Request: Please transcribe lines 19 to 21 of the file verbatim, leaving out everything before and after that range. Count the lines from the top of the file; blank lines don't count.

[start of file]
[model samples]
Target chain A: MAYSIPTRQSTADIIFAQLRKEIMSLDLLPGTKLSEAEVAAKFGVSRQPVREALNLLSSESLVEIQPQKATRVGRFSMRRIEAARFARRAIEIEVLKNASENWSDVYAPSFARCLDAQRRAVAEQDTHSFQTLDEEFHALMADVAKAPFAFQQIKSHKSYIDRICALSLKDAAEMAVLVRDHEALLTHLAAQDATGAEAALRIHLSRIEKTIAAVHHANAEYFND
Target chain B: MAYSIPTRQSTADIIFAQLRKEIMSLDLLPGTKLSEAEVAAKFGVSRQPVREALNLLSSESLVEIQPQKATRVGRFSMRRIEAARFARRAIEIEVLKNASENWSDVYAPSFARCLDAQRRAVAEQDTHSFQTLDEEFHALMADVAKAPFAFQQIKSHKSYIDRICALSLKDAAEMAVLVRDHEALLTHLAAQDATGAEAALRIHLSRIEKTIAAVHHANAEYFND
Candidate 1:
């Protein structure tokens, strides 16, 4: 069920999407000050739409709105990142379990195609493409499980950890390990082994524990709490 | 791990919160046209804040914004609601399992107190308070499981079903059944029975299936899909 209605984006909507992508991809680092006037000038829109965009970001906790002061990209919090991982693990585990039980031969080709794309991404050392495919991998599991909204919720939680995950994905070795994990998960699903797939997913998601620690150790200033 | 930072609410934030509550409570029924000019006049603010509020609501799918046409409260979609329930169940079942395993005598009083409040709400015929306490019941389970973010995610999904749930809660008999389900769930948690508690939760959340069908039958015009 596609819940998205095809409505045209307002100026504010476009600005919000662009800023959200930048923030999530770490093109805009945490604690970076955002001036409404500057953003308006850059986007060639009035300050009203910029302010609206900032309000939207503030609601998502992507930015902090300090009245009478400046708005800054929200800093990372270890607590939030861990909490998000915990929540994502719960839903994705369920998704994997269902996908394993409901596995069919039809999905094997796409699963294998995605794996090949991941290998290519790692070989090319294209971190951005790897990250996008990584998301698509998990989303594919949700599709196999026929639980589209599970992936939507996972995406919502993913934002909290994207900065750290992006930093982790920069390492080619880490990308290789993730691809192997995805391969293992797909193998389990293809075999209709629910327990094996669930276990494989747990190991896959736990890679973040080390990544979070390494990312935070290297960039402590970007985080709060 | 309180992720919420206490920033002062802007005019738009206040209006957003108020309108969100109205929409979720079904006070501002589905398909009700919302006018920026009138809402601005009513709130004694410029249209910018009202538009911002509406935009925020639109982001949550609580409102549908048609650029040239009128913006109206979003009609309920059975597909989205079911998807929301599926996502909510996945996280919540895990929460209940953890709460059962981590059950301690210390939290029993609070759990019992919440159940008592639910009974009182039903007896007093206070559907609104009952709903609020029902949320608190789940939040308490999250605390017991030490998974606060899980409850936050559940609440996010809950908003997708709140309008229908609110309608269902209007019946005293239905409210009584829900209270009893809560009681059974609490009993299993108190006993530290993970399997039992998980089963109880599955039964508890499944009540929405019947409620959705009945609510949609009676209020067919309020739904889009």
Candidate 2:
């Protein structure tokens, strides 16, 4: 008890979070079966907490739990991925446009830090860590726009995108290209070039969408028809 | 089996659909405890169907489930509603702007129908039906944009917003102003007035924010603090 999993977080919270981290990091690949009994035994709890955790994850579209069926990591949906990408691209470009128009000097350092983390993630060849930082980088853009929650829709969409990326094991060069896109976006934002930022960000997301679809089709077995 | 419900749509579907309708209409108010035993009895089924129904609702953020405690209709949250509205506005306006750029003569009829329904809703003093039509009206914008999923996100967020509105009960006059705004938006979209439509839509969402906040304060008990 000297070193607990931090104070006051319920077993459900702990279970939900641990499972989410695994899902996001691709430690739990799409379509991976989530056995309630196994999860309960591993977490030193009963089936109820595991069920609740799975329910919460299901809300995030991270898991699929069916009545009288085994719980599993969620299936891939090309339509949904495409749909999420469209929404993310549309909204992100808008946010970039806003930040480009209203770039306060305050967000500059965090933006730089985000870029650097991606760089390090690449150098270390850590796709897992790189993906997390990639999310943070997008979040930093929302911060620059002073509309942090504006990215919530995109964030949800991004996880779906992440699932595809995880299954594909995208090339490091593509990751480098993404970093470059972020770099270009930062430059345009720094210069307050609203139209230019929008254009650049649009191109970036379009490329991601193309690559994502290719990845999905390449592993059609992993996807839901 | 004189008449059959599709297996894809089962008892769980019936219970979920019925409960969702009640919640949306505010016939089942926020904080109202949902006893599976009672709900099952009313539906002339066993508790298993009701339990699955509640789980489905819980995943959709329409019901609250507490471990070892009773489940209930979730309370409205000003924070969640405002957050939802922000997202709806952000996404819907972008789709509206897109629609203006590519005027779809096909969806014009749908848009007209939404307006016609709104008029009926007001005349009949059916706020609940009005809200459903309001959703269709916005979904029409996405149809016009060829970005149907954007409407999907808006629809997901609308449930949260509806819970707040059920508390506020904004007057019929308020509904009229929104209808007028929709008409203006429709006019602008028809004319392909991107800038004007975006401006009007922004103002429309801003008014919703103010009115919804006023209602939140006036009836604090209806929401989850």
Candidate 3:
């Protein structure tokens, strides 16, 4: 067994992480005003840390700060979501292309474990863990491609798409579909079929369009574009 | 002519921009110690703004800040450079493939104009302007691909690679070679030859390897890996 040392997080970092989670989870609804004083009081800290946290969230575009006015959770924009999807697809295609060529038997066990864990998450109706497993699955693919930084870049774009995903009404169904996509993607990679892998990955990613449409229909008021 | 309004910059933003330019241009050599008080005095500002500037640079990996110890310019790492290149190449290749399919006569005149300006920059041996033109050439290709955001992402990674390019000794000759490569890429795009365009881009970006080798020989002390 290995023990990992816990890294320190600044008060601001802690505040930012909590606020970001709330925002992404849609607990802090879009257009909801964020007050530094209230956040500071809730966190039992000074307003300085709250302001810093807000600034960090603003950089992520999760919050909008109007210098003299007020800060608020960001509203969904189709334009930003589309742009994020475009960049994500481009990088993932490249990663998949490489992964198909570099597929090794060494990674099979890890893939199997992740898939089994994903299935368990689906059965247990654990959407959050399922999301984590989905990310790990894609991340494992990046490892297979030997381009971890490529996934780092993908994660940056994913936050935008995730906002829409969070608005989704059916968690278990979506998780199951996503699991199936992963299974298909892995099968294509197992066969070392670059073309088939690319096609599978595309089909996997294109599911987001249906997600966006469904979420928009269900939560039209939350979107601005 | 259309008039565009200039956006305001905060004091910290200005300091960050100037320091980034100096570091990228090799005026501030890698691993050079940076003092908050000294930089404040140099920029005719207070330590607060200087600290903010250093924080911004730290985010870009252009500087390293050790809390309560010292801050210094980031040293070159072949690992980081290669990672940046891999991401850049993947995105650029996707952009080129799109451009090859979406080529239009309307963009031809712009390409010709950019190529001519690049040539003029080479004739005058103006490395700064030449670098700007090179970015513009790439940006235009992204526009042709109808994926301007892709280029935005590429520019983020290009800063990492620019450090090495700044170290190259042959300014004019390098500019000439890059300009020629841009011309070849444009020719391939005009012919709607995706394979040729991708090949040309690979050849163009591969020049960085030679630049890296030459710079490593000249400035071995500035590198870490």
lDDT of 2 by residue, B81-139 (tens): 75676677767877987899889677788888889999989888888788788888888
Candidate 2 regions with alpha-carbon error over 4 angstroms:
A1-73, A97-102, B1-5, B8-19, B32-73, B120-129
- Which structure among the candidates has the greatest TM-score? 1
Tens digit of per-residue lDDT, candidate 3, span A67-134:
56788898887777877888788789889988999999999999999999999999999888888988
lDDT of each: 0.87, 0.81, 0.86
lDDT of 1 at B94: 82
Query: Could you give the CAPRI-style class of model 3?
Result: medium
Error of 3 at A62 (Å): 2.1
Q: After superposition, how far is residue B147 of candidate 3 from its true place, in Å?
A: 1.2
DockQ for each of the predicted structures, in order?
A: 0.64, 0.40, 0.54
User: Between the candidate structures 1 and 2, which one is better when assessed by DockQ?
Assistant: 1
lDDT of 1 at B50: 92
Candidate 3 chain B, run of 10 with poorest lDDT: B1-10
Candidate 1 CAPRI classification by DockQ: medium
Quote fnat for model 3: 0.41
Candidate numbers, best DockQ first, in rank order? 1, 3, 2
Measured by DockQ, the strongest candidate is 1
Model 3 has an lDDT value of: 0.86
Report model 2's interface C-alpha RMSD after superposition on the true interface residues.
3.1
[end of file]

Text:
Result: medium
Error of 3 at A62 (Å): 2.1
Q: After superposition, how far is residue B147 of candidate 3 from its true place, in Å?